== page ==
Egyptian filmmaker Ahmed Amer tells Screen about the cinematic history behind his mockumentery Kiss Me Not, which receives a red carpet screening at Dubai International Film Festival (DIFF) tonight (Nov 7).
It was an incident that took place on a short film set that provided the inspiration for Egyptian filmmaker Ahmed Amer’s directorial debut Kiss Me Not.
“An actress agreed to be in the short, but a couple of weeks before production started she said she had reservations about different scenes, one of which was a kissing scene. The scene was never shot,” Amer explains.
Yasmin Raeis plays the actress who decides that she no longer wants to take part in a kissing scene in this mockumentary inspired by Amer’s love of Christopher Guest and Francois Truffaut films. “I love Spinal Tap and the mockumentary genre and I wanted to explore that in an Egyptian context,” says Amer. “It is also a film about filmmaking like [Francois Truffaut’s] Day For Night, and I see Kiss Me Not as being somewhere between these two films.”
Amer is best known for his work on the screenplays, Winter Of Discontent and Ali, The Goat, And Ibrahim, for director Ibrahim El-Batout. Both of these films also have a political subtext, but Amer wants to downplay the significance of Egypt’s recent political turmoil and the rise of the Muslim Brotherhood as bearing any significance on the plot or debates that take place in Kiss Me Not.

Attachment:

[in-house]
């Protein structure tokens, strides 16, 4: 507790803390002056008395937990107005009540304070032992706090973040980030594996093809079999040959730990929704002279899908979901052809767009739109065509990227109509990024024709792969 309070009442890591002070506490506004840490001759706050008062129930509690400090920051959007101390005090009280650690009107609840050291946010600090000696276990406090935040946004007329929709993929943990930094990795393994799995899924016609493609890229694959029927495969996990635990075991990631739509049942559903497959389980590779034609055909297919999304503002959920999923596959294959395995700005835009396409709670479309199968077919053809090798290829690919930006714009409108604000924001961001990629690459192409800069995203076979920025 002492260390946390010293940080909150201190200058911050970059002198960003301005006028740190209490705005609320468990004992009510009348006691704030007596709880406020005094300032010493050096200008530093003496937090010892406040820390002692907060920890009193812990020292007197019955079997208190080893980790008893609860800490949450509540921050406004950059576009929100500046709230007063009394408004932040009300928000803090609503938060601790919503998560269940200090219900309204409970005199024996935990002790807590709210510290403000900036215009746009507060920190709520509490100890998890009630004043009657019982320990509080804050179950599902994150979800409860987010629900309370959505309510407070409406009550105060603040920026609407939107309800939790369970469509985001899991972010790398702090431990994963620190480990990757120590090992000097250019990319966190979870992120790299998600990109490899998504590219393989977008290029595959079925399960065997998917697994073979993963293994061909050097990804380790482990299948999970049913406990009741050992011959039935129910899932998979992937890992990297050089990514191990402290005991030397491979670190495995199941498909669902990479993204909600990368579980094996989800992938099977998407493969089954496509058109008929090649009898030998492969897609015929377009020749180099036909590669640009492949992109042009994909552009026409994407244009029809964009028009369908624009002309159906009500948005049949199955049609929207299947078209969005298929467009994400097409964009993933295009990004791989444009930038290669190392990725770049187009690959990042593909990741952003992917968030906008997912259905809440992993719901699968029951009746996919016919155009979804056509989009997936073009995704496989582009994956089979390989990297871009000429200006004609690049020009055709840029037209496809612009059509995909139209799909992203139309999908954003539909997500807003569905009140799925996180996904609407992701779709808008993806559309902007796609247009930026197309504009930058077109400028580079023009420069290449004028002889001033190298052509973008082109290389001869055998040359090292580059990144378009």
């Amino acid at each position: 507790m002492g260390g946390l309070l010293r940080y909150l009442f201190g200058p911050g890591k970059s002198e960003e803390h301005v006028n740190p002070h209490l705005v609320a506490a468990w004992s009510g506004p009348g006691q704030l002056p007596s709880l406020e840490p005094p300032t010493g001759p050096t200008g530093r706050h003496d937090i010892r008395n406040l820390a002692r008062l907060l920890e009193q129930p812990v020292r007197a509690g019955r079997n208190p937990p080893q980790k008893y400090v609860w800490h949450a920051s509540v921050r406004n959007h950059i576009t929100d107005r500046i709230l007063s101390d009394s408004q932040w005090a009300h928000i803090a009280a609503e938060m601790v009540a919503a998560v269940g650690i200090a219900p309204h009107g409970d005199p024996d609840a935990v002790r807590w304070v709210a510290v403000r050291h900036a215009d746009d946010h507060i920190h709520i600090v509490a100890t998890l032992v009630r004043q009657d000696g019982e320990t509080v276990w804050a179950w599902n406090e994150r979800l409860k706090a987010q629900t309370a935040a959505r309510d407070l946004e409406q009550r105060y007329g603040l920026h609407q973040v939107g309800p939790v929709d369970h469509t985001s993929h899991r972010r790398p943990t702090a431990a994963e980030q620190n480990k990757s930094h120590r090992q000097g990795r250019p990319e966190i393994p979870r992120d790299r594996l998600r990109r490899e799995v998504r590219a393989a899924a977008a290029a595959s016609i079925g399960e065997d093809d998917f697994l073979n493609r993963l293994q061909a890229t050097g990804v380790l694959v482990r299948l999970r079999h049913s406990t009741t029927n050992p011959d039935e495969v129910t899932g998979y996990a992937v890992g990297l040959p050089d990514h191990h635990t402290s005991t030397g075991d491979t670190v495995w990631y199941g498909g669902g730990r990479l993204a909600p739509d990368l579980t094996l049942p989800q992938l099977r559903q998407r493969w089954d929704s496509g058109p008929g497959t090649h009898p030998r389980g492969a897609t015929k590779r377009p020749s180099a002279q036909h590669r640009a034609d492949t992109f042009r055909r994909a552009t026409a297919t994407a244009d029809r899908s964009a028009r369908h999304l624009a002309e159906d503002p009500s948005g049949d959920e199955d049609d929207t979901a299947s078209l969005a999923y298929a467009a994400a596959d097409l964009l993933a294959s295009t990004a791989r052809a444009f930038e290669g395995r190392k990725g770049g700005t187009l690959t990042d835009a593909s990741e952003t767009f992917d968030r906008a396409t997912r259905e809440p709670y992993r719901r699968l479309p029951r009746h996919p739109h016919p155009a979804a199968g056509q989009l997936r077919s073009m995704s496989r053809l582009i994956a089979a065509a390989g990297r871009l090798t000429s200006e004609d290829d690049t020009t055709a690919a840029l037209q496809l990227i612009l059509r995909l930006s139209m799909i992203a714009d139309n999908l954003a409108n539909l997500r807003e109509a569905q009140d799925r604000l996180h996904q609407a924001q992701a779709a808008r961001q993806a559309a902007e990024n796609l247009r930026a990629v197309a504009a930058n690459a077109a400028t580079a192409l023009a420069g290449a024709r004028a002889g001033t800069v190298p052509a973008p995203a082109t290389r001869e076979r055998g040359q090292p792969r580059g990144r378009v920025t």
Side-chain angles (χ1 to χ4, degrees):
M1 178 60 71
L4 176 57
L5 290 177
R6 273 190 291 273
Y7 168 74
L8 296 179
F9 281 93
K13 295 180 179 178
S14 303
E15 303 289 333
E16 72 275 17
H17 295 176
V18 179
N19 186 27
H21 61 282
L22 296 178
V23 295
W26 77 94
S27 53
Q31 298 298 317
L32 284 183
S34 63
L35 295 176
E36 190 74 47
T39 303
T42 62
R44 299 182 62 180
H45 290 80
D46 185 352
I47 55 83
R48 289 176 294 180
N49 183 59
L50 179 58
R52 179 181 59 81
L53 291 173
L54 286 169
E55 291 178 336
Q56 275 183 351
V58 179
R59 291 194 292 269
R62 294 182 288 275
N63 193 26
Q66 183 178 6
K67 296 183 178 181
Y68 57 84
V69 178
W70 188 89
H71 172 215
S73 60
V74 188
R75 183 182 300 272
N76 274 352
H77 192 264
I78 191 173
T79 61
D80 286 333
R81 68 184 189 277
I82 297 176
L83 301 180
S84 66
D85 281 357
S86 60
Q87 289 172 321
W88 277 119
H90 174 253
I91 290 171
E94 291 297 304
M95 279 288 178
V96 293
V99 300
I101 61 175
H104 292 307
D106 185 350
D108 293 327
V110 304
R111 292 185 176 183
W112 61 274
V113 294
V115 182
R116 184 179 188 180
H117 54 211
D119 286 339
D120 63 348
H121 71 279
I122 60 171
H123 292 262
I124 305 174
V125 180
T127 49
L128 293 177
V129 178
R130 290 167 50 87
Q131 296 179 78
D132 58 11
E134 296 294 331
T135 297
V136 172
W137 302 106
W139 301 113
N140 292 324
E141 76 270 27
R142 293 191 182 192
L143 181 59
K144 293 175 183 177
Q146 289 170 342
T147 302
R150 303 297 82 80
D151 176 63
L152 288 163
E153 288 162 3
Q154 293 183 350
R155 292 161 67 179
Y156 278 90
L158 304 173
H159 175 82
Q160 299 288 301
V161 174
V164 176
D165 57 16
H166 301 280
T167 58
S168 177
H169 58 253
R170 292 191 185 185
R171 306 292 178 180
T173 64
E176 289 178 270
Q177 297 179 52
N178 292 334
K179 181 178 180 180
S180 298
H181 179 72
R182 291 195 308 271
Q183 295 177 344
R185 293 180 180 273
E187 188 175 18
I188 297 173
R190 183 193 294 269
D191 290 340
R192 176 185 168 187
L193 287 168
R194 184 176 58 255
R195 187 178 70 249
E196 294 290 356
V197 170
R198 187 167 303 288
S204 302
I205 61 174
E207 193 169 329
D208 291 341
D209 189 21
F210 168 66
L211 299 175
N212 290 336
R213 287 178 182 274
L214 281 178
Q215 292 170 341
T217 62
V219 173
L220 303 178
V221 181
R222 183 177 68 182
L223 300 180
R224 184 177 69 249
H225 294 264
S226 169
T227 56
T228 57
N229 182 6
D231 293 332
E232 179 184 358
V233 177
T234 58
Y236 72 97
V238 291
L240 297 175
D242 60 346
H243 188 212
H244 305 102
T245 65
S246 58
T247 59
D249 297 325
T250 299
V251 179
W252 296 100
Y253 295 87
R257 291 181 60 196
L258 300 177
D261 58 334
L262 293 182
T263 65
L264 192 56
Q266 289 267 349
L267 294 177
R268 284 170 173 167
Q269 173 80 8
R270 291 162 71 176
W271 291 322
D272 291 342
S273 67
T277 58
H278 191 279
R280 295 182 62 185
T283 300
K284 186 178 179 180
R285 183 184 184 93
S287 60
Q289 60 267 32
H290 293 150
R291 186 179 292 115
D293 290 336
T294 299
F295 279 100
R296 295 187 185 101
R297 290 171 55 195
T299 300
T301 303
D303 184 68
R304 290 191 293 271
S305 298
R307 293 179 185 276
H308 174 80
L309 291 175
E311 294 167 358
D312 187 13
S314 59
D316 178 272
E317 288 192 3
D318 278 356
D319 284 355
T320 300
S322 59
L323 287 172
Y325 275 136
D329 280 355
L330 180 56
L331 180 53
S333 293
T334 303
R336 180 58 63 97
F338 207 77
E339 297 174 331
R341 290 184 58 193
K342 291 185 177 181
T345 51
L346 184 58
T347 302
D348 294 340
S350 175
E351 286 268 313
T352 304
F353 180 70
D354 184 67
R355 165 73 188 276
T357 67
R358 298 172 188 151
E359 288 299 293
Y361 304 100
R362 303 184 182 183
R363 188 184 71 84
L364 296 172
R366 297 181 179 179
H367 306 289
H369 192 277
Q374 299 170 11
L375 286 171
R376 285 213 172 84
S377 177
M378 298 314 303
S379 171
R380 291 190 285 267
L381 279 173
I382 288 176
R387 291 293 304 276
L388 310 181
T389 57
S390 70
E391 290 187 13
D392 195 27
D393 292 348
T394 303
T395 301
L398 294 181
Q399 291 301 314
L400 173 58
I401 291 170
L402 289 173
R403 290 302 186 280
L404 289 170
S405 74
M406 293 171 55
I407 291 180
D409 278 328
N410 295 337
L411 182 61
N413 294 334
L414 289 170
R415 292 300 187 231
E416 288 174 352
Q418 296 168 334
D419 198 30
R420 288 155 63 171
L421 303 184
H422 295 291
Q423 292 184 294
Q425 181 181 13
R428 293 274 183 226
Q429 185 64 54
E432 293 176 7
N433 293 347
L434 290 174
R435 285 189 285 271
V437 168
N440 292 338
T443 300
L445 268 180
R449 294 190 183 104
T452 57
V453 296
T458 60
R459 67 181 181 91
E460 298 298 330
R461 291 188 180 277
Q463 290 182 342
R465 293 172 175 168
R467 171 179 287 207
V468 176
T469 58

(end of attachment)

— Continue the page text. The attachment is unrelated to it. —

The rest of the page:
“I just wanted to make a funny film that was interesting and would make people think a little bit. I hope people will watch the film and laugh, and if after leaving the cinema they want to think about certain issues then they can,” Amer says.
More pertinent to Kiss Me Not, which is produced by Middlewest Films, WIKA For Film Production and Mad Solutions, is the notion of ‘Clean Cinema’. Egypt has a long history of kissing in films, but in 1986, a group of young lawyers requested that Raafat el-Mihi’s film Le Hob Qesa Akhira be banned due to a love scene between the protagonists playing a married couple.
Similar incidents took place in the 1990s as demands were made for films to be more moralistic as audiences began deserting Egyptian cinemas. “There were a couple of years without much production taking place and when cinema became popular again most of the producers decided to go for ‘clean cinema’ to get families to return to the theatres,” Amer says.
“So while Egyptian cinema from the ‘40s to the ‘80s was quite open about social issues and featured kissing, all of a sudden actors who were okay with certain scenes in the ‘80s, would then say no to them.”
Kiss Me Not, which plays in DIFF’s Arabian Nights section, will receive a red carpet screening at the Souk Madinat Theatre tonight (Nov 7).